The reason it was so lovely to knit was down to the construction.It has raglan sleeves which are provisionally knitted along with the top of the cardigan, with some clever increasing that leaves that lovely pattern, and then the stitches are put on hold whilst you finish the body and picked up afterwards to finish off the sleeve. I’m sure many of you have come across this before but it’s the first time I’ve knit this type of construction and it really makes the second sleeve syndrome much easier to deal with. I’m definitely going to be looking out for more of this type of pattern for my own cardigans- I really love the look of the increasing along the sleeve.

The pattern was well-written too and worth the couple of quid I spent on it.

(Also, I promise the button band isn’t wonky- I was just about to give them away when I remembered I hadn’t taken photos so had to do it quickly!)

The recipient seemed really pleased with them and to be honest I am too. It took me about 6 weeks to do both (and I finished one of my own cardigans in between!) -really quick knits. Maybe I should get on with the baby-making…!

Owl never make this again.

16 Mar

Have you ever been really excited by making something, eager to finish it and then show it off to everyone only to be let down by the fact it looks absolutely terrible?

Guys, this happened to me and I kind of want to cry as well as drop-kick the offending item into oblivion.

Kate Davies’ Owls jumper is cropping up all over the inter webs. According to my Ravelry Notes I started this in April 2013 but you know how it goes with me and second sleeves so I put it away for a while. Seeing everyone else’s made me pick it back up and I powered on through to get it finished.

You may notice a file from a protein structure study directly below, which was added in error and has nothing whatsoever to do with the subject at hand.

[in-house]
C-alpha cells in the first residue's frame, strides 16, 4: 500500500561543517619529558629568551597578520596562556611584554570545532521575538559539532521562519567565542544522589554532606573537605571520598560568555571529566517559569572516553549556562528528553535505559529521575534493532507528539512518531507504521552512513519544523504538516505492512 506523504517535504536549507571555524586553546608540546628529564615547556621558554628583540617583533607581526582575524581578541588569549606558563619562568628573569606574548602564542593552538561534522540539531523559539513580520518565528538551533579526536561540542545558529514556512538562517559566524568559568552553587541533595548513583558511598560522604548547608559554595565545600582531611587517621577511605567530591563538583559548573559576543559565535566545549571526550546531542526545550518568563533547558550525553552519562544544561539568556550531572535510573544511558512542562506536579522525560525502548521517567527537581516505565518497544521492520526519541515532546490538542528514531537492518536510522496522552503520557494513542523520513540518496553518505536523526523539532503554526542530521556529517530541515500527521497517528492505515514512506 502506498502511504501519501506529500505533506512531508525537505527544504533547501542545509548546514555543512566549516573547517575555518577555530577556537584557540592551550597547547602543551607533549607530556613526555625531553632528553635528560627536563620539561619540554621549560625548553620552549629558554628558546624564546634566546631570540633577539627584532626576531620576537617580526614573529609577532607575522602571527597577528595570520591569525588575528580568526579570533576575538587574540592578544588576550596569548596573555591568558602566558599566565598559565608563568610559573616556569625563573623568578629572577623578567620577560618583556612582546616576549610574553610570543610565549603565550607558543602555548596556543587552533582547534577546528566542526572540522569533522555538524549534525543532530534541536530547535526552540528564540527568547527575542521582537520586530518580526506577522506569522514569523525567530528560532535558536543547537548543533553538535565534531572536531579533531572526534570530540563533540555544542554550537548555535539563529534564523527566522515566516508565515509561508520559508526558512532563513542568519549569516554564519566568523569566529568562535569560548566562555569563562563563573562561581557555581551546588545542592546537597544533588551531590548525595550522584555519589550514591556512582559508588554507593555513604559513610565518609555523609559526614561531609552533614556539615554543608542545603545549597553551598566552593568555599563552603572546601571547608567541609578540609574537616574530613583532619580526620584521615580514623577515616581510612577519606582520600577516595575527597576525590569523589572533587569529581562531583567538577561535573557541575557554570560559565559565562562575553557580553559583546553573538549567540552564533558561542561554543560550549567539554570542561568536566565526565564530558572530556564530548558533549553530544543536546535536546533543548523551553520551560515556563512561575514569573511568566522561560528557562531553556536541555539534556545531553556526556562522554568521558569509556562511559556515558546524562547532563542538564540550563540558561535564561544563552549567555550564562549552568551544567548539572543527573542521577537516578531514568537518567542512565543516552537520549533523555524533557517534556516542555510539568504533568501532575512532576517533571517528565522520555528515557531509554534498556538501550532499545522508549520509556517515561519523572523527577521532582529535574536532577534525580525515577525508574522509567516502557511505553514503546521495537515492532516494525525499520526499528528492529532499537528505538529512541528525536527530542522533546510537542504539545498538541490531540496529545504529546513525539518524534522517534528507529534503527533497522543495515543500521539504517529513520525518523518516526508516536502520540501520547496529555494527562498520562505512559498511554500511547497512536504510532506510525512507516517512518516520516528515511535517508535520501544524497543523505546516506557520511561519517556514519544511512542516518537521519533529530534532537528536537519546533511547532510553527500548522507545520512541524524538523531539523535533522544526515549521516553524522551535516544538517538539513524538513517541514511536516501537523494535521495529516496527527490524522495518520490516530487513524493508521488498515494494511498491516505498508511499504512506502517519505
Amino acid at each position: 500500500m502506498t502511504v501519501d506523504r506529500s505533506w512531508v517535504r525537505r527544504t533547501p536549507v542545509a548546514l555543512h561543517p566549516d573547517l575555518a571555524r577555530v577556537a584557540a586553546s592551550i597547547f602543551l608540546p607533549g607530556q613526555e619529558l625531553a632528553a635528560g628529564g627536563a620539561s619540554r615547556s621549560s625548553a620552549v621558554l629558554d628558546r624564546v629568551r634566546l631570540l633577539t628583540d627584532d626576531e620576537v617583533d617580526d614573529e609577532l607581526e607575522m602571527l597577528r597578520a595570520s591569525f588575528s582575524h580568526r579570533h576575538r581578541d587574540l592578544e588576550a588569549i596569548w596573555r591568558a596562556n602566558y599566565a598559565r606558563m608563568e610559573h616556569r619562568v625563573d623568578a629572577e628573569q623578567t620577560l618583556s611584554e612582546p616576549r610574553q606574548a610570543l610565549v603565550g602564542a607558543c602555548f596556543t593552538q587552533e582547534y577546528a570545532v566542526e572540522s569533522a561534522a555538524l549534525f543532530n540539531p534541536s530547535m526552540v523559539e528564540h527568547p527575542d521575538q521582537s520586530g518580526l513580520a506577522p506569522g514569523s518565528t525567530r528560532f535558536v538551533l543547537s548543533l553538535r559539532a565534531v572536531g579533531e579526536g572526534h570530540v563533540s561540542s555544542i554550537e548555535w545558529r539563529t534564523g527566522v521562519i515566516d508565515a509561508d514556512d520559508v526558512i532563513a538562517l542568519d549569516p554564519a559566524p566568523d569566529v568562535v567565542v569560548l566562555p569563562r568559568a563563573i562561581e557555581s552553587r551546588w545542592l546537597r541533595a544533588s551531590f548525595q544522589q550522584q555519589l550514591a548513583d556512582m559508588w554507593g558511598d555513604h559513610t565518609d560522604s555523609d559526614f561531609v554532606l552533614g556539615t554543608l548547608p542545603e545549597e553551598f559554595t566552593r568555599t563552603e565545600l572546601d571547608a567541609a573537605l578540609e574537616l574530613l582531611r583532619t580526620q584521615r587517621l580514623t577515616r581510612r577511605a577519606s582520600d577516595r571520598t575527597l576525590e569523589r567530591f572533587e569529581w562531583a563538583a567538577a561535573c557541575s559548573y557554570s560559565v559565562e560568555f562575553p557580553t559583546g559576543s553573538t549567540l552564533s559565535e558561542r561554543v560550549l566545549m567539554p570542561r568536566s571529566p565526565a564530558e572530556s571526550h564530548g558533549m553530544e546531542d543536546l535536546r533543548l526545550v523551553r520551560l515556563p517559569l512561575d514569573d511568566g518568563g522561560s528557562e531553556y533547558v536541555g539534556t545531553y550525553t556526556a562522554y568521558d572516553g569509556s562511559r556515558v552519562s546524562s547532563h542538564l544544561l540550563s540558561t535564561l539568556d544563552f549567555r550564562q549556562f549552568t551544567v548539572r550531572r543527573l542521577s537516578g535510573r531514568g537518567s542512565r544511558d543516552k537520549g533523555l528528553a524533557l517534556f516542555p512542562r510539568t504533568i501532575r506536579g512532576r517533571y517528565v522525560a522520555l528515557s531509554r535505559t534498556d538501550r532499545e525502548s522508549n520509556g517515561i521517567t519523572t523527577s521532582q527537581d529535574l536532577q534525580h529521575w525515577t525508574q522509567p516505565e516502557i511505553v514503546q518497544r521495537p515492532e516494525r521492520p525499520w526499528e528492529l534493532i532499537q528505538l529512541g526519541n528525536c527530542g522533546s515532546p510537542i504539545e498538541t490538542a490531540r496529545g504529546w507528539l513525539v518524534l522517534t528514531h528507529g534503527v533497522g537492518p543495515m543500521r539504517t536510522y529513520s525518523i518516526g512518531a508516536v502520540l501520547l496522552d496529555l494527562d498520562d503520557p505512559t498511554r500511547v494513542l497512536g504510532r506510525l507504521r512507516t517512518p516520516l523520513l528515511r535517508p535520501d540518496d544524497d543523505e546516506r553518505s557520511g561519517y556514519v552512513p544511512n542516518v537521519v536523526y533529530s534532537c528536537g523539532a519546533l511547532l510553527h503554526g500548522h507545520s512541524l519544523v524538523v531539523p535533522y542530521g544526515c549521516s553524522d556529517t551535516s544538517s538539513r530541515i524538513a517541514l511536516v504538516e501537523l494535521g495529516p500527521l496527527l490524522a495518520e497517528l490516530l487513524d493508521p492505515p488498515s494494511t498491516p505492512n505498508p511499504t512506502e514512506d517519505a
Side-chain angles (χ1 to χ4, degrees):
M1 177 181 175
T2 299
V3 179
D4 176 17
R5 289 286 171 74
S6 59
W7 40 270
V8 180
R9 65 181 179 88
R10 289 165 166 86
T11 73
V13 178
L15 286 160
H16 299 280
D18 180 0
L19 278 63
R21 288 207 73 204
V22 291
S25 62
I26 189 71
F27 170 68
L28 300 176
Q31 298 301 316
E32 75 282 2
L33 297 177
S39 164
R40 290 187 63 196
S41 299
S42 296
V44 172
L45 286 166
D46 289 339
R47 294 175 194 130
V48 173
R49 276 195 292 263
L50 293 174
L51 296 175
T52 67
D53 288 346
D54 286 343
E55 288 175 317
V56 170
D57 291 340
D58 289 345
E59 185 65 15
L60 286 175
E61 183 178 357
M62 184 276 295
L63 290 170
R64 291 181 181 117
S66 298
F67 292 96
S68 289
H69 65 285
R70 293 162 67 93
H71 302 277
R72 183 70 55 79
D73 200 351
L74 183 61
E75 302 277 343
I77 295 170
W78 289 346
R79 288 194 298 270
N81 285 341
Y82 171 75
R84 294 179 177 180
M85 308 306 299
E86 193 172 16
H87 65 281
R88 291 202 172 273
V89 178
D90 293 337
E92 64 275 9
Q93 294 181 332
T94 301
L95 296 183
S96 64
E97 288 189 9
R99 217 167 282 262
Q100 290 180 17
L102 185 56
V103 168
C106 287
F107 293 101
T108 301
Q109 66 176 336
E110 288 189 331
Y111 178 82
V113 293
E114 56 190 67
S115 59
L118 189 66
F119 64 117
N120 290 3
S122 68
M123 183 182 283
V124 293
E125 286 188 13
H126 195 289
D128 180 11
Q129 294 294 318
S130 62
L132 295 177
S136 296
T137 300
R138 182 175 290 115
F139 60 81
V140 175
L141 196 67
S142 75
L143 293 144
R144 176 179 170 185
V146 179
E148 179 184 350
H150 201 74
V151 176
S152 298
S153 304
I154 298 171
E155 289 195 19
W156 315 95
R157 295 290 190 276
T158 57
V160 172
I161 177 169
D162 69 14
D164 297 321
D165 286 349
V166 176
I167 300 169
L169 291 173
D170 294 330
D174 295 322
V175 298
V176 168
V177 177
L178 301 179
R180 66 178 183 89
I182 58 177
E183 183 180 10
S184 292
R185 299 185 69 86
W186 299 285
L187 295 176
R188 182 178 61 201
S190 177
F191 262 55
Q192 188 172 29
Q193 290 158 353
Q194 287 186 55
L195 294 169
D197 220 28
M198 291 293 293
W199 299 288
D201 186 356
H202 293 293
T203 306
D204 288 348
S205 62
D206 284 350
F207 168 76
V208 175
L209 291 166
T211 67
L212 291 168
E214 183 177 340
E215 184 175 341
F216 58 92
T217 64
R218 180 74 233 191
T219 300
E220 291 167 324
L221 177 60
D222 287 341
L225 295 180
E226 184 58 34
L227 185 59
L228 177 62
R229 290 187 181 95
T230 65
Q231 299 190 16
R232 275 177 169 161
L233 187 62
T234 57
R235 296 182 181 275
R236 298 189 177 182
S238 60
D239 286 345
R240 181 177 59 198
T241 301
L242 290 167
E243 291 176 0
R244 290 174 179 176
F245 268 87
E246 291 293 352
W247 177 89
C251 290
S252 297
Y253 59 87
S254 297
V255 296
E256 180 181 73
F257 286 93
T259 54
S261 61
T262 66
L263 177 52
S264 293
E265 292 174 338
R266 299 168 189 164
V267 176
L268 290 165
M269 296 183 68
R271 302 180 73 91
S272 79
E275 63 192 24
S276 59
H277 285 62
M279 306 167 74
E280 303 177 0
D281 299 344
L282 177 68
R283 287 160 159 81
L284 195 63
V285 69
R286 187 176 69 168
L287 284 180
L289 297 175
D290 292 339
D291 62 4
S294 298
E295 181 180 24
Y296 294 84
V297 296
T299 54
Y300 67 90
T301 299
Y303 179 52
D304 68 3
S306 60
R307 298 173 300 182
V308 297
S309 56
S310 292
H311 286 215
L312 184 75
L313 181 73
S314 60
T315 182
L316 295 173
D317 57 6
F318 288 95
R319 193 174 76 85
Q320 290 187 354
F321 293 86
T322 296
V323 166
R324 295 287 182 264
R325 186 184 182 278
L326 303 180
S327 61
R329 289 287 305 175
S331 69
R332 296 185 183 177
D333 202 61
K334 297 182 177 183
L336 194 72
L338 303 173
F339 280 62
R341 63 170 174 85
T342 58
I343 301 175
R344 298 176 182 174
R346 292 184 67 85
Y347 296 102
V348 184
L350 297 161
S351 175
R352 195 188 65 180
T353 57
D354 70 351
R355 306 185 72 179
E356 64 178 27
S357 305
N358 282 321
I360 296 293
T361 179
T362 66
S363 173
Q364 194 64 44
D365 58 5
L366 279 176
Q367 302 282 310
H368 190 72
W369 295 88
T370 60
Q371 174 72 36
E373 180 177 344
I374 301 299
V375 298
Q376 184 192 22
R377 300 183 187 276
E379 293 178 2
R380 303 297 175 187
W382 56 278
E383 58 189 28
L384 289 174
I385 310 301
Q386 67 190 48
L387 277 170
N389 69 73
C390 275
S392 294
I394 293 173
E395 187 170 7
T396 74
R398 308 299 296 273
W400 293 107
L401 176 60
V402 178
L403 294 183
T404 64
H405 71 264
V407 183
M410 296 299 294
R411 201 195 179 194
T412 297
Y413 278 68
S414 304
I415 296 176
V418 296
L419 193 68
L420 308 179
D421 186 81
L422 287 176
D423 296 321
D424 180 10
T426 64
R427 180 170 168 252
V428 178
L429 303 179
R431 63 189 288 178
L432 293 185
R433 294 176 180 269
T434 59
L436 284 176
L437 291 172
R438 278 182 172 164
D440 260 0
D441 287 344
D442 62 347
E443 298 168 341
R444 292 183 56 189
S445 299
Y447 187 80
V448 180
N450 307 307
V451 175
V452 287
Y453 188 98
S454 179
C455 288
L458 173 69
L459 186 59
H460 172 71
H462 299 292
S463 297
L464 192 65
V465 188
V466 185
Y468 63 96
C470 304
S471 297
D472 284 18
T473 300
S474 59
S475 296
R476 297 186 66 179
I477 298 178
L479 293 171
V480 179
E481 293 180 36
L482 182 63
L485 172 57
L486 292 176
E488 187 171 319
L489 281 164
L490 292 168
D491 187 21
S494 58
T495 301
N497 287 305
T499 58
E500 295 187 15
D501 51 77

Except it looks awful. Look:

I think I just have too much boobage to pull something like this off. All of the attention is drawn there because of the yoke detail but the detail is kind of distorted by the boobs. Ignoring the stupid wind face here, look how much worse it looks from the side:

I’m also really pissed at the sleeves. You guys know I hate knitting them so I decided to make these 3/4 length. Only you wouldn’t know that! I put them on to measure them as I went and stopped when they reached my armpit, just as the pattern says, and yet when I’ve got it on now the sleeves sit longer than that, and yet not a full-length sleeve so now they’re a stupid weird length.

And then there’s the fact that bottom-up construction is the most ridiculous thing I’ve ever encountered. It is so difficult to knit the sleeves and body all in one go and also it leaves a hole! A great big gaping hole that you’re supposed to close up afterwards. What is that about?!

Anyway, none of this is the pattern’s fault. The pattern is actually quite straight-forward to follow, this is just down to stupid body shape and poor yarn choice. I can’t quite remember what I used but I think it was Sirdar Hayfield or something and it’s just too stiff and it doesn’t meld together. There are holes around the back and arm shaping which look awful.

The owls look awesome and my friend really likes it. I’m tempted to give it to her but I don’t know if I could give her something I’m not completely happy with.

chinelo bally